Sina (Saudi-Arabia), Foundation Programme
The Foundation Programme has given me the freedom to really take my time to adjust to a new life away from home.

My name is Sina, I’m half Saudi Arabian and half German - but I grew up in Saudi Arabia, in a city called Dammam, one of the biggest cities of my country, famous for its economic hub. I went to a British school all my life, so I never really left Damman in terms of education. As I grew older, and university applications started to creep up, I thought it was time to maybe leave my comfort zone and travel across the continent to study what I’ve always dreamed of: international law.

Our justice systems are not the best in the world

Studying law was a decision I made when I was in 8th grade, when I slowly concluded that our justice systems are not the best in the world, and I wanted to help change that. I’m proud that I’m here at the Foundation Programme today because I have continued to work towards that goal. A few years ago, I was fortunate enough to take part in an internship programme with an international law firm in Saudi Arabia, which also easily became one of the best experiences of my life and give me deep excitement and assurance that I wanted to continue my future in this field. I read some really interesting case reports and learnt many different strategies of defense.

Credentials were not sufficient

So, obviously, when the time came, I applied to a bachelor’s programme at Maastricht University, but unfortunately, my credentials were not sufficient for me to get accepted into the programme. Fortunately, a friend recommended the foundation programme. I did not know anyone personally who had been enrolled in the FP, let alone study in Maastricht, so I was a little hesitant to start a new journey here. But that’s when I also realised that this was possibly the best experience I could give myself, and I applied for the programme.

I meet a lot of new people

Coming to Maastricht from a big city was unexpected, but really nice to say the least. Whenever I walk around, I feel like I meet a lot of new people and constantly bump into people I already know which allows me to connect with them more. I think it’s safe to say that I have already made lifelong friendships in such a short period of time, and it’s hopefully only uphill from here.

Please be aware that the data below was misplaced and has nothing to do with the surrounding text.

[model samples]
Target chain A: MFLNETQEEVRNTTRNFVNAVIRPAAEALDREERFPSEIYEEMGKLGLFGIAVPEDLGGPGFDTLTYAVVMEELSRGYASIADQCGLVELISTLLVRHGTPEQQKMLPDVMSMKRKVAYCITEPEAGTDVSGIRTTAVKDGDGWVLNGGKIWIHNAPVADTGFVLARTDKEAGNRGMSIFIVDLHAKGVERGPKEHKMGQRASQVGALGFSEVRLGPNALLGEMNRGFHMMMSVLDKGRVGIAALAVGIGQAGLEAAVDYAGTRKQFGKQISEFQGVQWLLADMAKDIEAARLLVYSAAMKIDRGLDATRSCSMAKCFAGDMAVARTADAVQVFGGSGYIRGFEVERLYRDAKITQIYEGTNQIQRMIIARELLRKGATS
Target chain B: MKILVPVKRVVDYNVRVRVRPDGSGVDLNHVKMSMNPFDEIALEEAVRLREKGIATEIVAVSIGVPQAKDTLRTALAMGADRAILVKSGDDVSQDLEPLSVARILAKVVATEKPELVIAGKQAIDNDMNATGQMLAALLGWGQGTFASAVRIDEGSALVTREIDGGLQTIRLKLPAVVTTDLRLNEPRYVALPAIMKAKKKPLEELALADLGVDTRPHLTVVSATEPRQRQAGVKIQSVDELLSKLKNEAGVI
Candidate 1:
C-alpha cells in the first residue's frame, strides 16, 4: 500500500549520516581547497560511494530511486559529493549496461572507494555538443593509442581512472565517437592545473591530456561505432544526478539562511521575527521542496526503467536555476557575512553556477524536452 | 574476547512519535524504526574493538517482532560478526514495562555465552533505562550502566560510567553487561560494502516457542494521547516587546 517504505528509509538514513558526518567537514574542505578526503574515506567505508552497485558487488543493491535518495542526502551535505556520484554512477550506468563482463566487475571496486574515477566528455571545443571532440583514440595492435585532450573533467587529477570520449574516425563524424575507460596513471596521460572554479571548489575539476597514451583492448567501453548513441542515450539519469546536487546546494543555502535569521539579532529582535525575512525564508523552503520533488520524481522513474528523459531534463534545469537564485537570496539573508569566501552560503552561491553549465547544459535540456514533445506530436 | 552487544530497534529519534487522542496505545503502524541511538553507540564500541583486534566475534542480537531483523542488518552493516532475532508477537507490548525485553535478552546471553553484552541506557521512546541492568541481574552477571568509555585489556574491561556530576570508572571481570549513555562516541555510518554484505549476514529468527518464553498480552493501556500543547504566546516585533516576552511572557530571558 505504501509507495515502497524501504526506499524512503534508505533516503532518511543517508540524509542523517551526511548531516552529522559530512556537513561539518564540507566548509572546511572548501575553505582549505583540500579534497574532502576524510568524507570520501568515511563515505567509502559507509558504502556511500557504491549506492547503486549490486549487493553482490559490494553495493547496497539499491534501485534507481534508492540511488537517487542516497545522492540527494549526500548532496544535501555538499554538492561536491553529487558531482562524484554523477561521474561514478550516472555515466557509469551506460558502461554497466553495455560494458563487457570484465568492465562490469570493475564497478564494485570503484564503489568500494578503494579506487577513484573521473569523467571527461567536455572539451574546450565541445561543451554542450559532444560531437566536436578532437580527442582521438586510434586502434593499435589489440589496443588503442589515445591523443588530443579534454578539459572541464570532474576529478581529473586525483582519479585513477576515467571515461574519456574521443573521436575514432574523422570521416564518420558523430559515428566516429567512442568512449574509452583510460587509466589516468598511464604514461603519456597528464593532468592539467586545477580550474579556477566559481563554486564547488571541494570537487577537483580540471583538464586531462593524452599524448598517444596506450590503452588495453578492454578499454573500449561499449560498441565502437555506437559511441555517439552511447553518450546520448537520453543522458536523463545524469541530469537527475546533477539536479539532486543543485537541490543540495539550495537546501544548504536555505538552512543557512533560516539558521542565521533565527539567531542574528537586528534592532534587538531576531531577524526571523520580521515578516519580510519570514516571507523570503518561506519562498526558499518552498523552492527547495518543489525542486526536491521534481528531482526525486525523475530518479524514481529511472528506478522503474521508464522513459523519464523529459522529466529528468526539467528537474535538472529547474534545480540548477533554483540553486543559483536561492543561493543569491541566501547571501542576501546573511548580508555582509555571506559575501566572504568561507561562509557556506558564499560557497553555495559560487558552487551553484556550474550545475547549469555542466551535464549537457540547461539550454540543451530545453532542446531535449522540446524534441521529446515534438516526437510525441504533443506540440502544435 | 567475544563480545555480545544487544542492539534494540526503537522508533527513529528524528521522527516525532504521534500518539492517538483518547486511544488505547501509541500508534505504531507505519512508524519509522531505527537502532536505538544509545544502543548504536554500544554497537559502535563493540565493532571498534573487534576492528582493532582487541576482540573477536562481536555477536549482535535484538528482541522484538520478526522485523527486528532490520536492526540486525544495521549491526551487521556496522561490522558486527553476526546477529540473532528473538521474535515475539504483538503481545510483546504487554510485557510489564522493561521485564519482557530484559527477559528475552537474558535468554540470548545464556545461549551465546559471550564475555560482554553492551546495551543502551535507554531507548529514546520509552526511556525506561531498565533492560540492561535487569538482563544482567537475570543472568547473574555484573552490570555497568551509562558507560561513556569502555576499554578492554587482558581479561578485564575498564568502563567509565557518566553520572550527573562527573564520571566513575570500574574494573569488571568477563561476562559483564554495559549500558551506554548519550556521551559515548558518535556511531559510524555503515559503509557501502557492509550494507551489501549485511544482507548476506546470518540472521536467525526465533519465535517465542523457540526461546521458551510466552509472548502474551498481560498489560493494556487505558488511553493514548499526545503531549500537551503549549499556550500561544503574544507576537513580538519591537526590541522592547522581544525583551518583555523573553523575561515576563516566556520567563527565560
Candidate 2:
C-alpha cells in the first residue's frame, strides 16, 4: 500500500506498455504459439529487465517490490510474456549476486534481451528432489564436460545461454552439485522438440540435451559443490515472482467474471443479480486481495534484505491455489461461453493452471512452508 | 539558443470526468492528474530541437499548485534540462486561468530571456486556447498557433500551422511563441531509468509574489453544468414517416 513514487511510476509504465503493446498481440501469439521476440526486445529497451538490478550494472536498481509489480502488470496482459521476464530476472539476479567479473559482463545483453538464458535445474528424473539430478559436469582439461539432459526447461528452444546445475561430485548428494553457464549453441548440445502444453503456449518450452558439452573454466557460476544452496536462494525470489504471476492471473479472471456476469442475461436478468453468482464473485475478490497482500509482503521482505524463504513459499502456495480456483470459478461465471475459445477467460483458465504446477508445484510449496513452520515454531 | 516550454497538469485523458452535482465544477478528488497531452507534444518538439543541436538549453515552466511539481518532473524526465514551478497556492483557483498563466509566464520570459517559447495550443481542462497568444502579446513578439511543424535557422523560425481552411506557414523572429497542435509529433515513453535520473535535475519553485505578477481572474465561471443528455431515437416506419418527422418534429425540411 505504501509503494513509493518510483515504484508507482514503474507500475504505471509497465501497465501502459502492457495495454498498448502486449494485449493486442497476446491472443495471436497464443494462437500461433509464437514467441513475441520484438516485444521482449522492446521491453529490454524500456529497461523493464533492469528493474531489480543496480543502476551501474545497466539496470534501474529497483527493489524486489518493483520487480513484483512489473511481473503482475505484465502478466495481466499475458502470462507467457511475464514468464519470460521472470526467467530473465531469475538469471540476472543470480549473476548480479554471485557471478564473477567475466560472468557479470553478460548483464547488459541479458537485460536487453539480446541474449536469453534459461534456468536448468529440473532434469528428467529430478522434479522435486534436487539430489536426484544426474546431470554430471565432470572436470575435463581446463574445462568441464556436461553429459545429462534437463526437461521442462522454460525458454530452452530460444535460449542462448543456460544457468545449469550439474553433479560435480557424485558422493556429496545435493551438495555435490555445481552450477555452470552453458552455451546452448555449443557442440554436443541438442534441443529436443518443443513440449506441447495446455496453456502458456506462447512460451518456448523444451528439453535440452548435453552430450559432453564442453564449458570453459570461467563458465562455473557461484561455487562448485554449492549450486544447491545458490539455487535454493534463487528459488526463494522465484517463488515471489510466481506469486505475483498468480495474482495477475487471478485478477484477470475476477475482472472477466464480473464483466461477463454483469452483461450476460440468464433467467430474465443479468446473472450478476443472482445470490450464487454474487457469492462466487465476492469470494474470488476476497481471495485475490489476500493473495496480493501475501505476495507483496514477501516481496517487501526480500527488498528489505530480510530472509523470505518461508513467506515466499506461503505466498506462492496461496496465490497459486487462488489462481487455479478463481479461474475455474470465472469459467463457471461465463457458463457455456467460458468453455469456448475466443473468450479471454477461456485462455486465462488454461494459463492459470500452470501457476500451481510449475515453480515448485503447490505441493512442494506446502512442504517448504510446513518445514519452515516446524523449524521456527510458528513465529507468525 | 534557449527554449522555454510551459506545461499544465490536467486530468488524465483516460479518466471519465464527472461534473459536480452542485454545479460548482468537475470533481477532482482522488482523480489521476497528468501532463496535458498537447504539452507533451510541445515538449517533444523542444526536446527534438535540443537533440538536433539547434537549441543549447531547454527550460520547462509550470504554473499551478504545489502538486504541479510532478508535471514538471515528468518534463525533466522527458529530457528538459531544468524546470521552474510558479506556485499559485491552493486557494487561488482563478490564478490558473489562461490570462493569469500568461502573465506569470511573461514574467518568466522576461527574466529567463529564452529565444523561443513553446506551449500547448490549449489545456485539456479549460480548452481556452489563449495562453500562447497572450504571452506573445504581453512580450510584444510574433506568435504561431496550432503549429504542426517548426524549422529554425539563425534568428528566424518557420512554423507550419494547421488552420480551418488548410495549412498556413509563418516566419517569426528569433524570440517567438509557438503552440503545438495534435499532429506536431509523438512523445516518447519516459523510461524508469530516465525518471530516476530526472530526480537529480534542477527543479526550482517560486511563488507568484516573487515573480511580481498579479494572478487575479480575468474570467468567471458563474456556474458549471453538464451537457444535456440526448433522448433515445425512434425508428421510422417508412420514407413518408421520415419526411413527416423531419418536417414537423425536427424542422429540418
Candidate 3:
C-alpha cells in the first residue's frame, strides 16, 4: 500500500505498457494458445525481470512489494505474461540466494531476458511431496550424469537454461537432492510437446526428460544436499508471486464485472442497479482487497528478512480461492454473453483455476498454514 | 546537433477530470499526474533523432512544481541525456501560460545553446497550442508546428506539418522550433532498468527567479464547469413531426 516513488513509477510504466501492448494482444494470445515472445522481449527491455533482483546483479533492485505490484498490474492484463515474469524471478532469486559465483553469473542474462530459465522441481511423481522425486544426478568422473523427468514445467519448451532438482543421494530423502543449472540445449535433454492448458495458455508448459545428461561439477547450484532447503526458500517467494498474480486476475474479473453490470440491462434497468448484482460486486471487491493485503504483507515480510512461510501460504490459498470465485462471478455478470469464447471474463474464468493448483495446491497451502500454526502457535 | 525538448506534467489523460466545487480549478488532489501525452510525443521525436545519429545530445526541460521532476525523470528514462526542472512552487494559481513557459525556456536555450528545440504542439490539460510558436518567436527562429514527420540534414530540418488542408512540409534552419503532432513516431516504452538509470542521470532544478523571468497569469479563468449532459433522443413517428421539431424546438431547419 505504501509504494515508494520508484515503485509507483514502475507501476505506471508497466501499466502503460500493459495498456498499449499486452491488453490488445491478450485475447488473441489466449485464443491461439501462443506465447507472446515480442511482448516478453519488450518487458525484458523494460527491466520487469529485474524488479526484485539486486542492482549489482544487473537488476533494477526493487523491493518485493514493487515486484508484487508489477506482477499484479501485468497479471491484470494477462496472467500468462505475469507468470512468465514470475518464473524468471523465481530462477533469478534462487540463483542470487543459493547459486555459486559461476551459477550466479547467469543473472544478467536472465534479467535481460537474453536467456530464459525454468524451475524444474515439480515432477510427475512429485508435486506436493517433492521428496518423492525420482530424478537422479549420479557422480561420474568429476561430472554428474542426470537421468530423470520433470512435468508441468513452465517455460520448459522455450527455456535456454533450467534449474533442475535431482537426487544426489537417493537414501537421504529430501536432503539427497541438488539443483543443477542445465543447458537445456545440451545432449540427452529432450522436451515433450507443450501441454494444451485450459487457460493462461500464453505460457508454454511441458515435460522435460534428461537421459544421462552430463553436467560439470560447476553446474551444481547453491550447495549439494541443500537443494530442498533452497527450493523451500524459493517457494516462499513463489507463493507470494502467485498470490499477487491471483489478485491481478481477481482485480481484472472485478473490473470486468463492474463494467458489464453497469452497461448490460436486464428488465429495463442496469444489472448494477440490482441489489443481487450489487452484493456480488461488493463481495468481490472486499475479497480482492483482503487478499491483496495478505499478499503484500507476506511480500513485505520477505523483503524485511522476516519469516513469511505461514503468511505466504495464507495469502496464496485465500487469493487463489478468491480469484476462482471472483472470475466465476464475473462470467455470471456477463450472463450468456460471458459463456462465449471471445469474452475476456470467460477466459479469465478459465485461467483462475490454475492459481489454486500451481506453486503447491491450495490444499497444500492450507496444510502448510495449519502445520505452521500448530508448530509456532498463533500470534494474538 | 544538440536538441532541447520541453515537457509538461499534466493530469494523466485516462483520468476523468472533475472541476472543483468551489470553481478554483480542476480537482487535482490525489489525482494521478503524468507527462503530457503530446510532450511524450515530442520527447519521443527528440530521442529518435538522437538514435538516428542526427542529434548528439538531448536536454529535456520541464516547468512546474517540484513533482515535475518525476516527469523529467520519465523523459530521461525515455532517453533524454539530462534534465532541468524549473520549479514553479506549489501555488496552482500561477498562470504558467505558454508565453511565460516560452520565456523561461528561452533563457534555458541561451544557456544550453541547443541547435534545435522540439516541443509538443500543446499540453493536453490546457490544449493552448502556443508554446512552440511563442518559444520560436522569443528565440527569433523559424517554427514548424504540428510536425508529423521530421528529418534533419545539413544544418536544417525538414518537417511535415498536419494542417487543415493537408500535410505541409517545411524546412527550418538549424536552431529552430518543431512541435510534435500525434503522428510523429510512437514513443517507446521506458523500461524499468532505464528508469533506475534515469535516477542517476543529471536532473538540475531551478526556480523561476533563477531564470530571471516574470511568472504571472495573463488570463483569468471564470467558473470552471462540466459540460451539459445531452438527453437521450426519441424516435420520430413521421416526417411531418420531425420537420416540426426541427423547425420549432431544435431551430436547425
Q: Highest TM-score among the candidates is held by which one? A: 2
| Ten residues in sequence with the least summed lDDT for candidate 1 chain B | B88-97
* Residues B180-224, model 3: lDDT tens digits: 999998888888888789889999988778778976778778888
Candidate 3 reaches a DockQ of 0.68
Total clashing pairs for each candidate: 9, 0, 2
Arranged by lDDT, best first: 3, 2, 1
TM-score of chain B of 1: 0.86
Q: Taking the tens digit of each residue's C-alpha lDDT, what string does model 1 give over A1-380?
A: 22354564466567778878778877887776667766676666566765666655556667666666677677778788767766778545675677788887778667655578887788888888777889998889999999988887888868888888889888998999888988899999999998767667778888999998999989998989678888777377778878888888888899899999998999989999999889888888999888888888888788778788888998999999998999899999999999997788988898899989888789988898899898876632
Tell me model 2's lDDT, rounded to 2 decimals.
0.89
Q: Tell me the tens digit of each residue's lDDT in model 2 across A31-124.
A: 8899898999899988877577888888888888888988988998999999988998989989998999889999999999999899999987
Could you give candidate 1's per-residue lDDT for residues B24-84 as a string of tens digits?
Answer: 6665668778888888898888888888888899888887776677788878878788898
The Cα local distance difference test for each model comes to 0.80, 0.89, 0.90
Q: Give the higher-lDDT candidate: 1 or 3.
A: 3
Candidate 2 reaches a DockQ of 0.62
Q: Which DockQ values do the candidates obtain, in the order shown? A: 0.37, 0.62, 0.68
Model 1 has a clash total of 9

I couldn’t cook at all!

I also really like the foundation programme because it has given me the freedom to really take my time to adjust to a new life away from home, because I find having to move around really difficult. As I mentioned before, I come from a very collective culture, where I’m constantly spoon-fed everything – so I found my newly found independence a bit challenging in the beginning. I couldn’t cook at all! But don’t be afraid, if we ever became friends, I will not starve you! I can proudly say I am now an official self-proclaimed student chef.

Dutch culture as part of the programme

I’m also learning a lot about myself as a person, I’m able to do things I like at my own convenience while balancing school work. I’ve always been really sporty, and grew up practicing gymnastics, now I’ve discovered a newly found passion for dance, which I’m about to start at UM sports. The great thing about the FP is also that we are taught the Dutch culture as part of the programme, which helps combating the cultural shock some may get, especially coming from a non-European country. The transition to university life and the freedom that surrounds it is another aspect I really enjoy. In our skills course, we are supposed to write a research paper on a topic of choice, so obviously, I am writing about the reliability of eye witness testimonies in criminal law. It is really interesting to bring past experiences into this entirely new journey.

We’re all sort of a team here

We’re all sort of a team here in the foundation programme. I think what really helps is that we’re a very small group, which also happens to be incredibly diverse and international allowing for great discussions and learning. Right now, I am in a class called critical reading, for which we get literature every week that we have to critically assess and discuss in class. The ideas are always so interesting, and I think they’re great for one’s mental stimulation because you’re constantly thinking from different perspectives that I wouldn’t even have known about before. I think the credit also goes to the Problem-Based Learning system Maastricht University follows, the classes are highly interactive, which makes me automatically retain information rather than having to learn it off of a textbook.

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